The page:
PORTLAND, Ore. (KOIN) – Portland City Council will likely consider a ban on gas-powered leaf blowers in early 2024 as the city and Multnomah County transition to more eco-friendly models out of health and environmental safety concerns, officials said.
According to Commissioner Carmen Rubio’s Chief of Staff, Jillian Schoene, Rubio and Multnomah County Chair Jessica Vega Pederson convened a workgroup over the last year to discuss an equitable citywide transition to electric or battery-powered leaf blowers.
Rubio’s office said that “the policy will likely come before Council early next year.”
This comes after both the city and county already passed resolutions to move away from gas-powered leaf blowers to mitigate the health and environmental impacts of pollution for residents and frontline workers, Schoene said — noting timelines and incentives for the ban are still to be determined.
“Commissioner Rubio has shared with staff that it is important there is appropriate outreach and engagement with our landscaping community,” Schoene said. “Staff will work toward a schedule that provides adequate time to assist with the transition for our frontline workers. Likewise, the city and county are committed to making sure there is financial support to incentivize this transition. Multnomah County has committed to provide funding, enforcement, outreach, and rebates as we transition to this ban.”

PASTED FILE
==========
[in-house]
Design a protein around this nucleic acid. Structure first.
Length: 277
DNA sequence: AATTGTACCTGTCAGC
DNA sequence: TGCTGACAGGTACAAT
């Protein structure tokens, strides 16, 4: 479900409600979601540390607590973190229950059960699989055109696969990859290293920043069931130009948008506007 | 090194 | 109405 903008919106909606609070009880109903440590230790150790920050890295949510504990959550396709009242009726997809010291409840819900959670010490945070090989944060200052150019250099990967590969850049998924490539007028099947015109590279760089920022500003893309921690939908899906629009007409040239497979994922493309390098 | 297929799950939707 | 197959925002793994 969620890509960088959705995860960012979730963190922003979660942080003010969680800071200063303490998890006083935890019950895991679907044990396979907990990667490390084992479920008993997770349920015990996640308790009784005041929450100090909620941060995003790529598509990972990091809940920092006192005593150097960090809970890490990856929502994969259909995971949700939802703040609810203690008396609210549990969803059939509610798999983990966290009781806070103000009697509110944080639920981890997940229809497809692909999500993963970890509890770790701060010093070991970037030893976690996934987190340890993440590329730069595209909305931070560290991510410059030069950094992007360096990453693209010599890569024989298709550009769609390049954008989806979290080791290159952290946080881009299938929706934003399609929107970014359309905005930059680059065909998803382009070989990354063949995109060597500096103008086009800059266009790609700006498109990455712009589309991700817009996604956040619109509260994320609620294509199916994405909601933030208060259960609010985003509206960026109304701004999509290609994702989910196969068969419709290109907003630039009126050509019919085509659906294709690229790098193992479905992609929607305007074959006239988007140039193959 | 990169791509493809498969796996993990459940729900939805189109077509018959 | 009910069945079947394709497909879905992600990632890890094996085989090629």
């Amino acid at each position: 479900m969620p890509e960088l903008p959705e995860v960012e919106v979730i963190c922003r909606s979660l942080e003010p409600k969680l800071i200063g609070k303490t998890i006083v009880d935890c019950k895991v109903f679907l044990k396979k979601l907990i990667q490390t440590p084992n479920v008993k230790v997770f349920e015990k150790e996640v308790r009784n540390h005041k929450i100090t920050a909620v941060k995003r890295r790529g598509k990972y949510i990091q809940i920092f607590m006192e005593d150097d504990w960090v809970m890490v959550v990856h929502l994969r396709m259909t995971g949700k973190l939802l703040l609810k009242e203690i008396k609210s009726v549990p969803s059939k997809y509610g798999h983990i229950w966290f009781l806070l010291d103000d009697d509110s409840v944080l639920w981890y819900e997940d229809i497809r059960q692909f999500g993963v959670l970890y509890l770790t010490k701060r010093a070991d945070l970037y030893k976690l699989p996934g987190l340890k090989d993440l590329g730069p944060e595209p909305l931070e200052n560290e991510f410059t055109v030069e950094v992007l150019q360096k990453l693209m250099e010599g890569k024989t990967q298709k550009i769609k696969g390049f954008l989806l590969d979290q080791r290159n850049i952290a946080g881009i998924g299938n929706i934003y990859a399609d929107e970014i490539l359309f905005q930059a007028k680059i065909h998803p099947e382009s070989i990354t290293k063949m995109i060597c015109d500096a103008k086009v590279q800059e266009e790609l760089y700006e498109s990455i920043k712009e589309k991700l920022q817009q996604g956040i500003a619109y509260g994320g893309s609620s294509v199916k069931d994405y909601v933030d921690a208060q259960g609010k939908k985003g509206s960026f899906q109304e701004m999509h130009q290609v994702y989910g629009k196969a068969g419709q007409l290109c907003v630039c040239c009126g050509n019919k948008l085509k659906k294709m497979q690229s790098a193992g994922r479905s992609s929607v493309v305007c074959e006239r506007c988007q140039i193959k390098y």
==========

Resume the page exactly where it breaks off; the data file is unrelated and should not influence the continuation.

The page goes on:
As Multnomah County considered a resolution to phase out gas-powered leaf blowers in 2021, Vega-Pederson stated, “we need to be doing everything we can to stave off the worst impacts of climate change, and that means phasing out old technologies like gas-powered leaf blowers.”
She continued, “banning these devices would lower our carbon emissions, reduce air pollution, and improve our environment. It’s a win-win-win.”
The county previously pointed to studies that found the best-selling models of gas-powered leaf blowers emit “the same amount of smog-forming pollution as driving a Toyota Camry about 1,100 miles, or the distance from Portland to San Diego,” after one hour of use.
The U.S. Environmental Agency has also found that pollution from gas-powered leaf blowers can adversely impact health — causing diseases including cancer and heart disease.